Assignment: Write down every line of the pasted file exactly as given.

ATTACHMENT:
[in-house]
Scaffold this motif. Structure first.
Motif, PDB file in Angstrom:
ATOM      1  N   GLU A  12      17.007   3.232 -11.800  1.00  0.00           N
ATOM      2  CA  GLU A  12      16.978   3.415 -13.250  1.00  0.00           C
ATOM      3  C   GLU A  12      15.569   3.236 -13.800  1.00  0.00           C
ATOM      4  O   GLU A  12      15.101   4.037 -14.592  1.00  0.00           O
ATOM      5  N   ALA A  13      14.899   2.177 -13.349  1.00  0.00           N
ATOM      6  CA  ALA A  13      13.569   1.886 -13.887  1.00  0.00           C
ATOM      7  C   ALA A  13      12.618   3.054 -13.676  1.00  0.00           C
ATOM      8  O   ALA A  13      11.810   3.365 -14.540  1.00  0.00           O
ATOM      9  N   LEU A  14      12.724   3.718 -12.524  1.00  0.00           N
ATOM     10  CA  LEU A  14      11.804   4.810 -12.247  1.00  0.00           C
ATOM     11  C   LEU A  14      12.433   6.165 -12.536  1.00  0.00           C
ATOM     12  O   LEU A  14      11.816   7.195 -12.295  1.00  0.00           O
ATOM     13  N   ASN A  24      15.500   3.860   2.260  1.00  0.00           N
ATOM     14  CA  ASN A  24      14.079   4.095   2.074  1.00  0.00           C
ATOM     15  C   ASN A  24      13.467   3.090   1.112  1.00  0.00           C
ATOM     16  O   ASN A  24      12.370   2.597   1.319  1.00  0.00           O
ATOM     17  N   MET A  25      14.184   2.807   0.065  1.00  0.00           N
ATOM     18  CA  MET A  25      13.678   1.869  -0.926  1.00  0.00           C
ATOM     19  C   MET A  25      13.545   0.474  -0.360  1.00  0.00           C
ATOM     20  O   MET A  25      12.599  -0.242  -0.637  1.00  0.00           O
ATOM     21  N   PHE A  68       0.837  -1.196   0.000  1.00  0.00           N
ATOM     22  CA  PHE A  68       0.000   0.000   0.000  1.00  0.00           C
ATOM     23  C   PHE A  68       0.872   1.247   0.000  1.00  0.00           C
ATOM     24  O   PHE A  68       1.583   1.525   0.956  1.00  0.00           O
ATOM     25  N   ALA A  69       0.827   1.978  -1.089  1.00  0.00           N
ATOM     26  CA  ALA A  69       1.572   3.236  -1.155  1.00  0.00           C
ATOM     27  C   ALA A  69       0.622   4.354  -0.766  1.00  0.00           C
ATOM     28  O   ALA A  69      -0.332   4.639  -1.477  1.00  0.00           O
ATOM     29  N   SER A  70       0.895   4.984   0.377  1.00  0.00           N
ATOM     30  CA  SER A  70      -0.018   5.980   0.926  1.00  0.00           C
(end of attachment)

[in-house]
Scaffold this motif. Structure first.
Motif, PDB file in Angstrom:
ATOM      1  N   GLU A  12      17.007   3.232 -11.800  1.00  0.00           N
ATOM      2  CA  GLU A  12      16.978   3.415 -13.250  1.00  0.00           C
ATOM      3  C   GLU A  12      15.569   3.236 -13.800  1.00  0.00           C
ATOM      4  O   GLU A  12      15.101   4.037 -14.592  1.00  0.00           O
ATOM      5  N   ALA A  13      14.899   2.177 -13.349  1.00  0.00           N
ATOM      6  CA  ALA A  13      13.569   1.886 -13.887  1.00  0.00           C
ATOM      7  C   ALA A  13      12.618   3.054 -13.676  1.00  0.00           C
ATOM      8  O   ALA A  13      11.810   3.365 -14.540  1.00  0.00           O
ATOM      9  N   LEU A  14      12.724   3.718 -12.524  1.00  0.00           N
ATOM     10  CA  LEU A  14      11.804   4.810 -12.247  1.00  0.00           C
ATOM     11  C   LEU A  14      12.433   6.165 -12.536  1.00  0.00           C
ATOM     12  O   LEU A  14      11.816   7.195 -12.295  1.00  0.00           O
ATOM     13  N   ASN A  24      15.500   3.860   2.260  1.00  0.00           N
ATOM     14  CA  ASN A  24      14.079   4.095   2.074  1.00  0.00           C
ATOM     15  C   ASN A  24      13.467   3.090   1.112  1.00  0.00           C
ATOM     16  O   ASN A  24      12.370   2.597   1.319  1.00  0.00           O
ATOM     17  N   MET A  25      14.184   2.807   0.065  1.00  0.00           N
ATOM     18  CA  MET A  25      13.678   1.869  -0.926  1.00  0.00           C
ATOM     19  C   MET A  25      13.545   0.474  -0.360  1.00  0.00           C
ATOM     20  O   MET A  25      12.599  -0.242  -0.637  1.00  0.00           O
ATOM     21  N   PHE A  68       0.837  -1.196   0.000  1.00  0.00           N
ATOM     22  CA  PHE A  68       0.000   0.000   0.000  1.00  0.00           C
ATOM     23  C   PHE A  68       0.872   1.247   0.000  1.00  0.00           C
ATOM     24  O   PHE A  68       1.583   1.525   0.956  1.00  0.00           O
ATOM     25  N   ALA A  69       0.827   1.978  -1.089  1.00  0.00           N
ATOM     26  CA  ALA A  69       1.572   3.236  -1.155  1.00  0.00           C
ATOM     27  C   ALA A  69       0.622   4.354  -0.766  1.00  0.00           C
ATOM     28  O   ALA A  69      -0.332   4.639  -1.477  1.00  0.00           O
ATOM     29  N   SER A  70       0.895   4.984   0.377  1.00  0.00           N
ATOM     30  CA  SER A  70      -0.018   5.980   0.926  1.00  0.00           C